But 60-70% of fulfilling work every day is not bad for a career satisfaction designer, eh? 

  • Do you like them enough to be regularly vulnerable in front of them?

Any decent career coach offers some form of check-me-out call which is a two-way process. 

It’s highly likely that if you feel career stuck that you will need to be openly vulnerable - as it’s the only way you’ll be able to see things from a different angle and begin to figure out potential next steps. 

By asking and answering questions in a short telephone call, you’ll be able to test how sensitive they will be to your situation, to get examples of similar individuals they’ve worked with and to figure out if their style works with yours.

In case you’re wondering, I call my “check-me-out“ call “The Light at the end of my the tunnel” call.  I do lots of these each week and only one or two will end up working with me.

Why? Because it’s got to be the right fit for both of us.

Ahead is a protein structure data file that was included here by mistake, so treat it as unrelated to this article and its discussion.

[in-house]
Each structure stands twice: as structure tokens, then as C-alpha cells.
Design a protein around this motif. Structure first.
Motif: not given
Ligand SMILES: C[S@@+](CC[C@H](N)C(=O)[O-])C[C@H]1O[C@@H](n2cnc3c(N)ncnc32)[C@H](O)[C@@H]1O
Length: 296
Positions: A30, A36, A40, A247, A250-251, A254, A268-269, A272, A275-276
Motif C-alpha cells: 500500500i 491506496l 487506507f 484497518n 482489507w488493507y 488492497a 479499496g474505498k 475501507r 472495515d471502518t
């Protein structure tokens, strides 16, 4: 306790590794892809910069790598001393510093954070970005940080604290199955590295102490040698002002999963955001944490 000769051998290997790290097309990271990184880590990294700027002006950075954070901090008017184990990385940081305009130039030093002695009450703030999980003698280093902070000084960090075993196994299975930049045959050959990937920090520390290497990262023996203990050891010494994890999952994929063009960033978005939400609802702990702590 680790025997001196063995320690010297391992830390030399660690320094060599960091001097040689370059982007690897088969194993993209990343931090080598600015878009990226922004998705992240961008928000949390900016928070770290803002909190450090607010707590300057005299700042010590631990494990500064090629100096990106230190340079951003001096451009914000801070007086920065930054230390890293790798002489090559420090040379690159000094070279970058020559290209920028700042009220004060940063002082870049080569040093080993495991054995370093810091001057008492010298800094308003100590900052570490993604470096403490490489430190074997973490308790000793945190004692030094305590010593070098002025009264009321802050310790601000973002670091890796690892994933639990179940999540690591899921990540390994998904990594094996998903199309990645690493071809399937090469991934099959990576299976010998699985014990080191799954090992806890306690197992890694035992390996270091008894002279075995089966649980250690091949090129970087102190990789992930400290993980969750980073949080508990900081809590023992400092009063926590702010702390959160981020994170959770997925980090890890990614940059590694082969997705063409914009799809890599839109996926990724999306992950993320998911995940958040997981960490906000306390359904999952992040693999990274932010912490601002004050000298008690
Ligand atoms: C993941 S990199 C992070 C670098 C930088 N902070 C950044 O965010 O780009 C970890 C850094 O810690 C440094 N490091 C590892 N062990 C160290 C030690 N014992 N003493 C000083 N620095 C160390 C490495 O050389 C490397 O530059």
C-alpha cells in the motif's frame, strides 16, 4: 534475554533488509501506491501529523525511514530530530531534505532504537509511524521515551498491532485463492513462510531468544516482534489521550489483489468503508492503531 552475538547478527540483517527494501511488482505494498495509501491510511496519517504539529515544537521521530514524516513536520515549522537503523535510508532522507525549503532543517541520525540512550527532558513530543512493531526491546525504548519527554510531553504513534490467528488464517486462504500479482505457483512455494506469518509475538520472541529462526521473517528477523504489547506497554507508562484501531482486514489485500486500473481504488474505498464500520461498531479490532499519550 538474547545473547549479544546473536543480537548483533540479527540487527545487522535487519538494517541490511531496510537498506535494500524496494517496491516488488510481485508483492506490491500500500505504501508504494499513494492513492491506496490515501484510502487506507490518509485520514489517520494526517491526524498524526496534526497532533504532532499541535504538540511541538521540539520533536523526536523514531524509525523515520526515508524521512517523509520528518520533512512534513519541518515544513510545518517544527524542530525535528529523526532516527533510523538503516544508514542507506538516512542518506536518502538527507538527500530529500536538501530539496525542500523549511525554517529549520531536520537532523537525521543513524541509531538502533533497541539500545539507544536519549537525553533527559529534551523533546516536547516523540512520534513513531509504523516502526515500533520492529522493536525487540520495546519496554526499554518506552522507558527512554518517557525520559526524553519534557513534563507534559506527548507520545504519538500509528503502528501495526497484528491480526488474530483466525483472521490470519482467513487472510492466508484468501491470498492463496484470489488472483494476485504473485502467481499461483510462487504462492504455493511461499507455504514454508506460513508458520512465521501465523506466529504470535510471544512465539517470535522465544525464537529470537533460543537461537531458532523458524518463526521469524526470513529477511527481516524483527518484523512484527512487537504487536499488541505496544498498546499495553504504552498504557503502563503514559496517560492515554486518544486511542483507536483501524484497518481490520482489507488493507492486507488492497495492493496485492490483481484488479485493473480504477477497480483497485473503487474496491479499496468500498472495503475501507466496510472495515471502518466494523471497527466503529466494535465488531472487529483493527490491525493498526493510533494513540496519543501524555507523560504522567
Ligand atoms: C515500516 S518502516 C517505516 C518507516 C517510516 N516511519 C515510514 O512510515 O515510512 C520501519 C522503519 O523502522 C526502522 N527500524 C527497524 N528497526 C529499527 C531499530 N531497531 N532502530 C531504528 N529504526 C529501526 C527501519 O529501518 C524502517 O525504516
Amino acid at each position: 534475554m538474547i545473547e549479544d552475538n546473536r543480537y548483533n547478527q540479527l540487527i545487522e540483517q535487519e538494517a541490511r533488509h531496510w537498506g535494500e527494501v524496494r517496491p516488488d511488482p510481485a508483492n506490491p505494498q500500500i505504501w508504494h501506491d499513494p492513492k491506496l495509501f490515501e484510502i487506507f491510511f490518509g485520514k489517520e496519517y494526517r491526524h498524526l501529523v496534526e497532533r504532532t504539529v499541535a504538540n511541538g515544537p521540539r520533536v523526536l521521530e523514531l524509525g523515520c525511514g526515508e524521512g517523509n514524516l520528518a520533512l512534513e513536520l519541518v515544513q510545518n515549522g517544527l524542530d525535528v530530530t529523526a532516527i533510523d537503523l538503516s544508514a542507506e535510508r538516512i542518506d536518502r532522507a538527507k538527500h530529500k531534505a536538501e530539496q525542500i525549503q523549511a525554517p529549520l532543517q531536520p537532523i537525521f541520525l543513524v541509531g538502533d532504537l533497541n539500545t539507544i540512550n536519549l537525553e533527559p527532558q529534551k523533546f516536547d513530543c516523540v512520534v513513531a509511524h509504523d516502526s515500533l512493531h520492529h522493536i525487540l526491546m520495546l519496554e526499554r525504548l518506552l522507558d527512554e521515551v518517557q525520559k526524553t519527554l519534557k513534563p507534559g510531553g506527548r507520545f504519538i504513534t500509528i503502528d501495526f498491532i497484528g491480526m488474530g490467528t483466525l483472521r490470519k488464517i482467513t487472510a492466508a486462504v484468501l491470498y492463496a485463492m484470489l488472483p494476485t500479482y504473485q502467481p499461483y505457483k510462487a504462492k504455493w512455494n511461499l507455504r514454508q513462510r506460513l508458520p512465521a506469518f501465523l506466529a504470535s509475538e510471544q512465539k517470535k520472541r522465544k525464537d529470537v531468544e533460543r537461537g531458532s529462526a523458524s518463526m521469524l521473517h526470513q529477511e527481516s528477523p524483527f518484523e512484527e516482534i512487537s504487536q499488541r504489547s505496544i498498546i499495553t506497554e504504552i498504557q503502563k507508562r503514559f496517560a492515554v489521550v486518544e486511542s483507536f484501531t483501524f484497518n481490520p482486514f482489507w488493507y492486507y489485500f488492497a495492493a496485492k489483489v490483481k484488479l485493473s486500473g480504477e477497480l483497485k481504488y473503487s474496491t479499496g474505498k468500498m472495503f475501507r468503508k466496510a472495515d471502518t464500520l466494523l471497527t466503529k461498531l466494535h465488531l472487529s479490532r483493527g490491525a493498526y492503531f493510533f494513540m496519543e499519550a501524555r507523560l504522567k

It really bugs me when coaches don’t put their prices on their website - time is precious. I think it’s best to give potential clients the information they need to decide whether you offer good value for them, or not.

It really bugs me when coaches don’t put their prices on their website - time is precious. I think it’s best to give potential clients the information they need to decide whether you offer good value for them, or not.

  • Do they offer value for money...for you personally?

When you’re hiring a decorator do you let them charge by the day? I did it once and was astounded by the cost in the end. And I wasn’t happy with the outcome. I didn’t need to learn that lesson twice.

Of course, coaching is much more complex than slapping a bit of Farrow & Ball chalk paint onto a wall - it’s difficult to quantify benefits at the out-set. 

Instead, I really like it when the coach does the thinking for you and openly offers a range of packages with different outcomes and processes listed so that it’s possible to clearly see how each might benefit you.  

Then you can decide if it’s good value for your personal situation...or not.